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There has been widespread criticism of how the Government is cutting disability benefits and their undignified assessments. There are particular concerns as to how the changes from Disability Living Allowance (DLA) to Personal Independence Payment (PIP) have been enforced.
A further attack on cutting disabled people's benefits was made in March, when the Department for Work and Pensions (DWP) amended the PIP regulations to make it clear that ‘effects of psychological distress are not relevant’ (The Social Security (Personal Independence Payment) (Amendment) Regulations 2017) when considering a claimant's ability to ‘plan and follow a journey’. This means many suffering from psychological distress will not get PIP to help them with staying active and maintaining their independence. The DWP brought in these changes without consultation, and they go directly against the ruling of three judges at an Upper Tribunal in November 2016.
“The new regulations are a ruthless response to fair and reasonable judgements and their only purpose is to cut the cost of disability benefits, regardless of the effect on the lives of individuals.” - Steve Donnison, Benefits and Work (www.benefitsandwork.co.uk)
This case will be brought on public interest grounds and intends to challenge this specific change in regulation. We must not let this change in regulations go unchallenged or let the Government further chip away at support for the most vulnerable in society.
Mind, the mental health charity, suggests that the legislation discriminates against people with mental health problems and may affect up to 160,000 people with conditions such as severe anxiety, post-traumatic stress disorder and schizophrenia.
This is an issue that affects all disabled people in terms of upholding their rights to independent living. Winning this case would send a strong message to the DWP that they cannot just move the goalposts in terms of the PIP descriptors because they don't like the outcome of PIP claims and tribunals.
About this crowdfunded
We have set up this crowdfunder on behalf of Billie (not her real name) who is applying for judicial review of the change in PIP regulations based on her own experiences. She has severe mental health problems which mean that she is extremely vulnerable when travelling and needs a lot of support to do this reliably and safely. Because of her condition she often gets disoriented and confused and has poor concentration, memory and organisational skills. At its most severe she can travel miles in the wrong direction with no recollection of how she has got there, often having to rely on the public and police to help her get home.
Billie recently applied for the Personal Independence Payment, but DWP failed to recognise that she has difficulties in ‘planning or following a journey’, which means that she can never qualify for the enhanced mobility award, nor can she pay for the support she needs.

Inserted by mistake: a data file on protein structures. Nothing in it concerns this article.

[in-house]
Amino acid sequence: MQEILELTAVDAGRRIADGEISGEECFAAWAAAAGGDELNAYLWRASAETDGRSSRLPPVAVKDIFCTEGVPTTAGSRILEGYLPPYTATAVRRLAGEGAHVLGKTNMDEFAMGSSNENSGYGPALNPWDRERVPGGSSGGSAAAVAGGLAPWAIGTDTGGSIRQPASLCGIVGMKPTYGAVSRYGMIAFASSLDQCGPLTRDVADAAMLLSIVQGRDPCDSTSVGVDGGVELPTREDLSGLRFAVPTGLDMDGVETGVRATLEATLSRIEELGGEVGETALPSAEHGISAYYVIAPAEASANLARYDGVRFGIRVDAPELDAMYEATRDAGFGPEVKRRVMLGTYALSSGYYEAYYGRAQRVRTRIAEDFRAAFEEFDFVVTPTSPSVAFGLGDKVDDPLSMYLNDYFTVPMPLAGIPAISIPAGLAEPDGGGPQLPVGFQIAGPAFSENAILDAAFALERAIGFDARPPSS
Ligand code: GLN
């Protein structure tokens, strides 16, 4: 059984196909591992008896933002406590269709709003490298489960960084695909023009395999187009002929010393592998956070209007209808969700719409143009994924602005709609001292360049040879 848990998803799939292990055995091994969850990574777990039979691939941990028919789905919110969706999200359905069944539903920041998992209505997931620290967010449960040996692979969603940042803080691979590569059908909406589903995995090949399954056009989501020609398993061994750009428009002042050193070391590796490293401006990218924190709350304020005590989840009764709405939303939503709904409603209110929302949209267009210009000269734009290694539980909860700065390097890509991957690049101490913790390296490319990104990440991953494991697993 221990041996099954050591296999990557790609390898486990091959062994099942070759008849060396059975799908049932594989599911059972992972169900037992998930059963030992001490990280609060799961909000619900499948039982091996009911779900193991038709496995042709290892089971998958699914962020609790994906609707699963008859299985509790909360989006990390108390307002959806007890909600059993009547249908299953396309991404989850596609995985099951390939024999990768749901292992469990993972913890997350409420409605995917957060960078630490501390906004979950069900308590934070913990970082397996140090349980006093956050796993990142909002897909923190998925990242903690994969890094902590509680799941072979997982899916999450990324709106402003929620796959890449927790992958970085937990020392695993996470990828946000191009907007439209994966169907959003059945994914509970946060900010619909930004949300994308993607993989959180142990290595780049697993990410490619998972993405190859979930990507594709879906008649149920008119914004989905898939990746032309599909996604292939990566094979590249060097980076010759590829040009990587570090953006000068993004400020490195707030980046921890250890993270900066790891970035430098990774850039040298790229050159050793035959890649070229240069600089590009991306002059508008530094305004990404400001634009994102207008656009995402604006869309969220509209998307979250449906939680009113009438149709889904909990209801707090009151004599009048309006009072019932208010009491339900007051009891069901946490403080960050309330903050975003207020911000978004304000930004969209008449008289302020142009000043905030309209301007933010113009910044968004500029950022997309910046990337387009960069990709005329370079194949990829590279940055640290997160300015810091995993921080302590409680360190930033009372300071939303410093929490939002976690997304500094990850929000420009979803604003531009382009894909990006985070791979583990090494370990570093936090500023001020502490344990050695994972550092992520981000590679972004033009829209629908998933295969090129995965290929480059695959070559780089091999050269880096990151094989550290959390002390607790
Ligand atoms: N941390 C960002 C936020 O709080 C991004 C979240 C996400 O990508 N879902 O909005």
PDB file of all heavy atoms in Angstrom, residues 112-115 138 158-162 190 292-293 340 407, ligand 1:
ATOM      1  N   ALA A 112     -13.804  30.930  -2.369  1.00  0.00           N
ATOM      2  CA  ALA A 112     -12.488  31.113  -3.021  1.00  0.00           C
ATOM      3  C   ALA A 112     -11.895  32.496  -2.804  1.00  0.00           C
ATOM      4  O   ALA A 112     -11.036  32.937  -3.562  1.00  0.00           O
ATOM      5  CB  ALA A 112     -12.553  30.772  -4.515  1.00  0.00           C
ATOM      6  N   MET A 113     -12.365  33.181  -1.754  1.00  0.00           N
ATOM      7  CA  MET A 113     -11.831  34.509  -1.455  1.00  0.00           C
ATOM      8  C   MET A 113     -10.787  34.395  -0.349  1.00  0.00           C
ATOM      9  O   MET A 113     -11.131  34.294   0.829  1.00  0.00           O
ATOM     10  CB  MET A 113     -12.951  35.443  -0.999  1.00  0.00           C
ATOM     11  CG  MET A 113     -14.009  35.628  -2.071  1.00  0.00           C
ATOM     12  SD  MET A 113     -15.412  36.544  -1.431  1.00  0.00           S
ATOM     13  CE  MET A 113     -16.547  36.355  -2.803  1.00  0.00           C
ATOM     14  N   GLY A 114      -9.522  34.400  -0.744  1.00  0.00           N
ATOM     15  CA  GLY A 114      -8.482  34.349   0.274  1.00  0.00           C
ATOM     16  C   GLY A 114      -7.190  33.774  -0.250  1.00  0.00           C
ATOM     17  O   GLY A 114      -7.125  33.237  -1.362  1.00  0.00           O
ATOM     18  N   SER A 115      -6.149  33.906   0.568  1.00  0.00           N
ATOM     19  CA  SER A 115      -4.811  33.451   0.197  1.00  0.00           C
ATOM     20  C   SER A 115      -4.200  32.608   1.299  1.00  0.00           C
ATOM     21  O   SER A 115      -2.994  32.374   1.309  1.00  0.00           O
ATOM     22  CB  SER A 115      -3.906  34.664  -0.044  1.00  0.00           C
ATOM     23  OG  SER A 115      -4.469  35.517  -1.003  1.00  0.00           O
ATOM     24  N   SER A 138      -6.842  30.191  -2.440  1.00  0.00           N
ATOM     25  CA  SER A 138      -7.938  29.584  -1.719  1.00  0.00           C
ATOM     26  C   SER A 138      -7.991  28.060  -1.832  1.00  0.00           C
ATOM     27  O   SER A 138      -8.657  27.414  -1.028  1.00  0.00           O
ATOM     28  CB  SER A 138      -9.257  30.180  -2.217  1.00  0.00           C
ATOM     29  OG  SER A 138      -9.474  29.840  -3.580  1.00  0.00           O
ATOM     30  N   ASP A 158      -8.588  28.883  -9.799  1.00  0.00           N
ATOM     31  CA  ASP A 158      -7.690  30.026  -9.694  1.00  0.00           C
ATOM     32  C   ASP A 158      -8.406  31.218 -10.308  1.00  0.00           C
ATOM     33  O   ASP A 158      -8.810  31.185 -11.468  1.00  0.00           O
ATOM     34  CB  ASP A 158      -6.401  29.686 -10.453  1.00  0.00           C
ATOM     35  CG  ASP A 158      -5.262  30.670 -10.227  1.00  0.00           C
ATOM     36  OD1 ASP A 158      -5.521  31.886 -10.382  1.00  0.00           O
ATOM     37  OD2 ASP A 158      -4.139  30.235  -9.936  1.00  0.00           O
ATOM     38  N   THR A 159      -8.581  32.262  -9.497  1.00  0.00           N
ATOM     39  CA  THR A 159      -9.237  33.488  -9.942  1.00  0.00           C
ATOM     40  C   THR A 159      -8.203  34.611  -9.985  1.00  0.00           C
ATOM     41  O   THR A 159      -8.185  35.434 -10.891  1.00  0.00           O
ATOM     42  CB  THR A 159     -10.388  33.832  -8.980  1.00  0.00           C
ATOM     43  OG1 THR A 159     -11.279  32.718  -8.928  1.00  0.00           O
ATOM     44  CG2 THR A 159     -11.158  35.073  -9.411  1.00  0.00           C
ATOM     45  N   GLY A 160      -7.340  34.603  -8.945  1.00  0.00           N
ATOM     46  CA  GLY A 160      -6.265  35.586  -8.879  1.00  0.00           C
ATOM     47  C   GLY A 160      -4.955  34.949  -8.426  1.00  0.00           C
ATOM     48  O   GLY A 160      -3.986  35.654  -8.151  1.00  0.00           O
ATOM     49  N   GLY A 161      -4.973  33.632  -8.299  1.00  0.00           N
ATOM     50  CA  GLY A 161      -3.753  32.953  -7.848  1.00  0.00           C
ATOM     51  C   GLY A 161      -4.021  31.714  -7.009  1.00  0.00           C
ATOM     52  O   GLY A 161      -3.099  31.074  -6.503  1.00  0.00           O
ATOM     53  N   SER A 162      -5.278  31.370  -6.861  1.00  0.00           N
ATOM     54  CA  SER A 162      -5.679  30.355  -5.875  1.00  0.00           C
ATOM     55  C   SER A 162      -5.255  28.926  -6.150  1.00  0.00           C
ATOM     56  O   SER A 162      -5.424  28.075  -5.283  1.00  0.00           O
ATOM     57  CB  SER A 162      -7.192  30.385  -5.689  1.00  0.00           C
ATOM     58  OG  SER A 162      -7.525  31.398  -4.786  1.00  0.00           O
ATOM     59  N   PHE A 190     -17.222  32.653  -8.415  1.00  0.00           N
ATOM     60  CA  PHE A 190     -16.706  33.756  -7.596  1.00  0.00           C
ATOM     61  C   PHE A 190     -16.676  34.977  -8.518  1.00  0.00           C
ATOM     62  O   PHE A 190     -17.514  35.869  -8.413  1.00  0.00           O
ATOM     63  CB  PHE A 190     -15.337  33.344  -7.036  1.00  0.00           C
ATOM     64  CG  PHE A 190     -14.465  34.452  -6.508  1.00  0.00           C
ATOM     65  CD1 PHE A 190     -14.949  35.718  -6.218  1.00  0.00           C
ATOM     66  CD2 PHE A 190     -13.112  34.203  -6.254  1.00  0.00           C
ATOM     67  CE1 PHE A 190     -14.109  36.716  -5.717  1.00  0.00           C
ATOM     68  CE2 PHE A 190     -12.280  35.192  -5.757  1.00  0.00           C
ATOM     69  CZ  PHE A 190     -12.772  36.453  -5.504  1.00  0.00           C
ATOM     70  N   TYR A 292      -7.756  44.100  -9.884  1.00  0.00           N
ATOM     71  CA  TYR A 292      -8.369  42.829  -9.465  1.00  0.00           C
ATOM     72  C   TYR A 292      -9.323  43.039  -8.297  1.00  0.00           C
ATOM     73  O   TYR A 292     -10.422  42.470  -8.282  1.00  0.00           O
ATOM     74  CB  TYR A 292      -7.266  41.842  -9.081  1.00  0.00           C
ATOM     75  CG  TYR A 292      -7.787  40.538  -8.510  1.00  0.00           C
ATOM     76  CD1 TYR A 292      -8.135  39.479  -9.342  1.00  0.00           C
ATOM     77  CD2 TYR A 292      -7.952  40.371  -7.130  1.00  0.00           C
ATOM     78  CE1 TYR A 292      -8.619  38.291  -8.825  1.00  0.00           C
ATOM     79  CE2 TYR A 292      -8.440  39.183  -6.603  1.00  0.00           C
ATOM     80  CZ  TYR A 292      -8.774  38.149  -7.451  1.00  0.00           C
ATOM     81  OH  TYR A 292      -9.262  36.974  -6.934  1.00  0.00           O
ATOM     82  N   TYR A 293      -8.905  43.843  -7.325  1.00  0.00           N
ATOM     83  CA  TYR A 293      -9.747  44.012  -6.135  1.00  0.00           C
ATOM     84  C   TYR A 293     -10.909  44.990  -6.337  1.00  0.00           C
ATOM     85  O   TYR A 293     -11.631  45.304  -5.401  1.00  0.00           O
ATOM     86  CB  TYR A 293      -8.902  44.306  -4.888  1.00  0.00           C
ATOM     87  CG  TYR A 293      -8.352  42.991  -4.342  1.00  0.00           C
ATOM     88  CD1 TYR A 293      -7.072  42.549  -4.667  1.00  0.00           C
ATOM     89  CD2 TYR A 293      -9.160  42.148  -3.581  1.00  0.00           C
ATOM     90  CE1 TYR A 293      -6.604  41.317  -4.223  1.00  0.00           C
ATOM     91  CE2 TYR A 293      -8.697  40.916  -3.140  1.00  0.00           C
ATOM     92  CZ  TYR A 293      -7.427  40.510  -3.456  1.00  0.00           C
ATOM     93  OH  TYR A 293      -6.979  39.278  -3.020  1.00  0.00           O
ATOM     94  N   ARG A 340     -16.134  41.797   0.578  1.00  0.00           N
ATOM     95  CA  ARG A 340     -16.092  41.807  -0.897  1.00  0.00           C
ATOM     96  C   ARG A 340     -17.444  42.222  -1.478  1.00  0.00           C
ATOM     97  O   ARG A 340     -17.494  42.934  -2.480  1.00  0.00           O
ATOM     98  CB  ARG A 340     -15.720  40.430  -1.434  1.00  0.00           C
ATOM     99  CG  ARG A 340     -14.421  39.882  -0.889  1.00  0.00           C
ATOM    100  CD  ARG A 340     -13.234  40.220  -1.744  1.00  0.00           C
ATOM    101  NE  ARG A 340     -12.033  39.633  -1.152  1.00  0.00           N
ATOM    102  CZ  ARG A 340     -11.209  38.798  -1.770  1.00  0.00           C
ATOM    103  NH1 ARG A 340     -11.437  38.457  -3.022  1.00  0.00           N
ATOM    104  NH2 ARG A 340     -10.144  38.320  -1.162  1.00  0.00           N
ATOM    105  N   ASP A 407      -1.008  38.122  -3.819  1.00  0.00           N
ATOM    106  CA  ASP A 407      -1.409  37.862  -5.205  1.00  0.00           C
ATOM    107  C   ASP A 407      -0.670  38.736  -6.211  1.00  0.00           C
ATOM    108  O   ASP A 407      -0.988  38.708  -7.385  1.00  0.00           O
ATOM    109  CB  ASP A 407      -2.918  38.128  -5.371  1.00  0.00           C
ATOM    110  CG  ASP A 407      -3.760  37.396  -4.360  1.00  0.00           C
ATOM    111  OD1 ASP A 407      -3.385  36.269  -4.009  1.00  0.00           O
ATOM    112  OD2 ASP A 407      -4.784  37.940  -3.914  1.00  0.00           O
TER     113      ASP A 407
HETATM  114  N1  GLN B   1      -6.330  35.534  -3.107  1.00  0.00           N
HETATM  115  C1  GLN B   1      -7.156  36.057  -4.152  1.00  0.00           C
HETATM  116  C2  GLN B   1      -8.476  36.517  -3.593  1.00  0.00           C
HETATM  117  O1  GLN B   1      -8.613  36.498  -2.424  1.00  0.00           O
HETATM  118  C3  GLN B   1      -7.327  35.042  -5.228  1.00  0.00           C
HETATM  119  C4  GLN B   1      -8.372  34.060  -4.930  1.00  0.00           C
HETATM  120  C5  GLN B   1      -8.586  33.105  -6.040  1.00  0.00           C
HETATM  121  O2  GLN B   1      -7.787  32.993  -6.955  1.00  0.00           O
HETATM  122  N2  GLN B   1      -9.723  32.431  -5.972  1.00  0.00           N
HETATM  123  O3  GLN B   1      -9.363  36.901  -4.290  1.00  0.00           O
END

Penny Mordaunt, Minister of State for Disabled People, Health and Work, stated, “people who cannot navigate, due to a visual or cognitive impairment, are likely to have a higher level of need, and therefore face higher costs.” This invalidates and completely misunderstands the experiences of people with mental health problems. It is clear to those who support Billie that she has significant mobility needs and requires support with planning and following a journey at a level equal to people with physical or sensory impairments.
As part of her condition, Billie experiences amnesia and confusion. If this were as a result of dementia, she would still be eligible for the enhanced award of the mobility component under the new rules. Because her symptoms are as a result of psychological trauma however, her difficulties are dismissed and she is not entitled to PIP (mobility component).
But this is not just about Billie; we know that people with mental health needs have a variety of difficulties with going out and travelling and these new provisions mean their independence will be further curtailed.
We believe this change in the descriptors is discriminatory to people with mental health needs, and that the Government’s failure to consult hasn’t allowed mental health experts to advise on the complexities.
Initial investigatory work has taken place, and initial positive advice has been given. Public Law Project, with Human Rights barrister Aileen McColgan of Matrix Chambers, have agreed to investigate further on a Conditional Fee Arrangement (i.e. a ‘no win no fee basis’). However, Billie is currently unable to work because of her disabilities and relies entirely on benefits, so is unable to bear the adverse costs of the case herself and needs your support.
What we're raising money for
We are raising £3,000 for disbursement costs (such as court fees).
Our stretch target is £8,000; this additional money will protect against the risk of paying the Government’s legal costs in the event she is ordered to do so.
The investigative work has been done and pre-action protocol for judicial review has already been issued.
The next steps will be:
Considering DWP’s response to the pre-action protocol
Preparing detailed documents and evidence to support Billie’s case
Applying to court for permission to bring a full legal challenge
Applying for a cost capping order to minimise Billie’s liability to pay the DWP’s legal costs in case she loses the challenge
If and when permission to bring the challenge is granted, consider what public support can be relied on to take it to the next level
Billie is willing to use her lived experience to demonstrate to the court the unfairness of the DWP’s new regulations, but she needs your help to do this. Please support her by making a pledge and sharing this campaign.